in Television

Superhero Showdown: Gotham, The Flash, Arrow, and Agents of S.H.I.E.L.D.

After a couple weeks where Gotham and Agents of S.H.I.E.L.D. waged an increasingly uneven battle for the Shiva of Superhero TV, this past week saw the return of one superhero stalwart in Arrow, and the arrival of its cheesy, goofy cousin, The Flash, spicing up the competition. We were also rewarded with some of the first details on Netflix and Marvel’s Daredevil, making me that much more excited for the dark take on Hell’s Kitchen.

4. Gotham (FOX)

It’s been three episodes and I’m already tired of talking about Gotham. The show feels increasingly wrong and broken, with “The Balloonman” standing out as its worst offender.

Gotham can’t use any legitimate villains, because they want to slow play the evolution of every single character on the show, leaving us with an hour to watch in-stasis cliche characters. God forbid they actually introduce the Dollmaker; Gotham acts like a mere mention of him is cooler than actually seeing him in episode 2. This is an entire show predicated on the belief that we as a superhero lovin’ society prefer prequel/origin stories than ACTUAL stories, a worrisome and stupid assumption. We’re all tired of origin stories. Guardians of the Galaxy was a movie full of unknown characters, yet Marvel didn’t feel the need to saddle each character with a half an hour of pre-adventure drivel (save for Star-Lord’s Daddy/Momma drama). We got to know the characters in action. Any action on Gotham is too ridiculous to enjoy and stunted by so many stereotypes that makes Gotham feel like a parody of CSI, rather than a living, breathing cop drama. “The Balloonman” posits a vigilante (Dan Bakkedahl) who kills the corrupt members of Gotham society by attaching them to weather balloons. In Gordon and Bullock’s laughable investigation, they’re actually asked: “Do you know how balloons work?” And not only did Bullock have no idea…I’m not entirely sure Gotham does either.

Instead of doing police work, Major Crimes Unit partners Montoya and Allen act on gossip and sneer at their contemporaries, hoping their dickhead antics will lead Gordon or Bullock to reveal something for them. Montoya and Allen were two characters I was excited to see in the pilot, but they’ve become a drag. They show up to make callow insults (“You stink like the sewer”) and egg on characters to do their work for them. Why not INVESTIGATE Jim Gordon or Oswald Cobblepot’s disappearance/death?

Captain Sarah Essen (Zabryna Guevara) is even worse. As Bullock and Gordon’s boss, all she does is rant and complain, telling them to FIX IT. She’s like J. Jonah Jameson without any semblance of humor or back story. She’s just another thing for Gordon to roll his eyes at. After three episodes, Gordon might be the only competent PERSON/cop in Gotham, and even that comes into question in this episode. He’s catching the disease of futility from everyone else around him. We’re supposed to revere Gordon for being a lone wolf of justice or something, but Gotham is so laughably corrupt and “evil,” that it all seems pointless. The “city is sick.” The only thing sicker than Gotham is this show (or network TV in general).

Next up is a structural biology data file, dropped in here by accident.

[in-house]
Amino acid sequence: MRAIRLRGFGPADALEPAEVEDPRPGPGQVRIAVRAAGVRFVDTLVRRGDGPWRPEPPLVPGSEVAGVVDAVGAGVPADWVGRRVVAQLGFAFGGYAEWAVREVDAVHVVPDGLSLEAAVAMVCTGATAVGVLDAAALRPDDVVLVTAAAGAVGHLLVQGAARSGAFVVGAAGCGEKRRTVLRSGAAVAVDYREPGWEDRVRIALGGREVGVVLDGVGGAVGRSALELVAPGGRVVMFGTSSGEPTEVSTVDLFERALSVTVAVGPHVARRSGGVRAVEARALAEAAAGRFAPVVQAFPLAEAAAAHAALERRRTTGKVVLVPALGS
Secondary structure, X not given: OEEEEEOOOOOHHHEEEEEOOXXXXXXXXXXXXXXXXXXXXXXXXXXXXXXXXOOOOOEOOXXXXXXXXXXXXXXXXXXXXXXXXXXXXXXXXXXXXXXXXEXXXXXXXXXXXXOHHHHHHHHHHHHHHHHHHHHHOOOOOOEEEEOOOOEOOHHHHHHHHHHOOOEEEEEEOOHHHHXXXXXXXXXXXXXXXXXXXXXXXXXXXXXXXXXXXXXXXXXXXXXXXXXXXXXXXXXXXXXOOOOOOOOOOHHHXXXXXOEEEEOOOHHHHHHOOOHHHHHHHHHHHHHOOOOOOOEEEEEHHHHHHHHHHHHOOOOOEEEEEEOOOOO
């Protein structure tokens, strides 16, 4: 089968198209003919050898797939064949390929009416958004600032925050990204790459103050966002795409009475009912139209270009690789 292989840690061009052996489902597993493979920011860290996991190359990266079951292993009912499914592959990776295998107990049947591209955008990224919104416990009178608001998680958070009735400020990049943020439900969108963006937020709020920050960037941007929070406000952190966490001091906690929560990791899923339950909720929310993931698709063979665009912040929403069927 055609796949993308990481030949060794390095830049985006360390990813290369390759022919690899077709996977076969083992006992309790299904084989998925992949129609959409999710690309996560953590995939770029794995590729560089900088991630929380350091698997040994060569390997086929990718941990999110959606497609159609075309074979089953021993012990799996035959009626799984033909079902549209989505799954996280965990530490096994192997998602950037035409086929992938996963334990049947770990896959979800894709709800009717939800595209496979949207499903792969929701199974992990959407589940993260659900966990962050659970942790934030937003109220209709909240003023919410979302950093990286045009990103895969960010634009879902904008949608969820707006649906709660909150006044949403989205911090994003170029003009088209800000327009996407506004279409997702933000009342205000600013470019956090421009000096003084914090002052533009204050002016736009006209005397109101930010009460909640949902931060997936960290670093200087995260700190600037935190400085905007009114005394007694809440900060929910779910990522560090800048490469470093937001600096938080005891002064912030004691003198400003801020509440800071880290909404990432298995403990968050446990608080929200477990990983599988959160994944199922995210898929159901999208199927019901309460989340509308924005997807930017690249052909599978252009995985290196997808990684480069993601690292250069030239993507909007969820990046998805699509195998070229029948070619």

Meanwhile, Alfred and Bruce Wayne enjoy a borderline abusive relationship, though I’m not sure in which direction. Bruce refuses to eat for some reason, which pisses Alfred off, leading the brash, cockney Alfred to hitting Bruce with canes (play-acting as swords) to get his attention. After this week’s episode, this is a Gotham where a vigilante named “The Balloonman” is the first of its kind in the corrupt city, one who caught a young Bruce Wayne’s attention. The fucking Balloonman is what gives Bruce the first inkling of vigilantism in the first place; of course, thanks to Alfred and Gordon, he learns along the way that killing is bad. Yes, the Balloonman inspires Batman; this isn’t the Gotham any of us signed up for.


Gotham is more cartoonish and amateurish than practically every Batman animated series (even non-Bruce Timm division). Poor Jada Pinkett Smith’s Fish Mooney is so over the top Adam West’s Batman might have trouble taking her seriously. Penguin returns to Gotham, securing a job at Sal Maroni’s (David Zayas) by murdering a cook who just happens to have his same shoe size. Because while Cobblepott is game to murder his way into a job, LIKE HELL is he going to go to a Payless Shoes.

Gotham is this year’s Almost Human; a show with wasted potential that I loathe but won’t stop watching, because of this column I’m really now just curious if the show is really this bad.

3. The Flash (CW)

Over the past three months since I’ve seen the Flash pilot at Comic-Con (review here), I’ve grown from the cranky annoying guy who wants to lower the expectations of a show everyone is excited for, to basically realizing that there’s much worse (see above), and willing to accept the flaws that Flash will undoubtedly have: uneven SFX, running puns, a cast with characters I’ll hate, and some mediocre acting.

But the upside is there. Grant Gustin is perfect as Peter Parker Barry Allen, and Andrew Kreisberg and Greg Berlanti’s track record on Arrow inspires optimism. Arrow is a show unafraid of change, and is keenly aware of its fanbase, willing to alter the show’s fabric based on word of mouth. Flash will benefit from having fans as writers, and will learn very quickly what works and what doesn’t. Right now, a lot doesn’t: Cisco Ramon, Iris West, Iris’ Boyfriend and the “hero is born” crap. The latter won’t go away, but everything else very well might, or at least get altered (think Laurel Lance’s justified descent into supporting character-dom as a possible template for Iris West, if they can’t figure her out), when it’s not.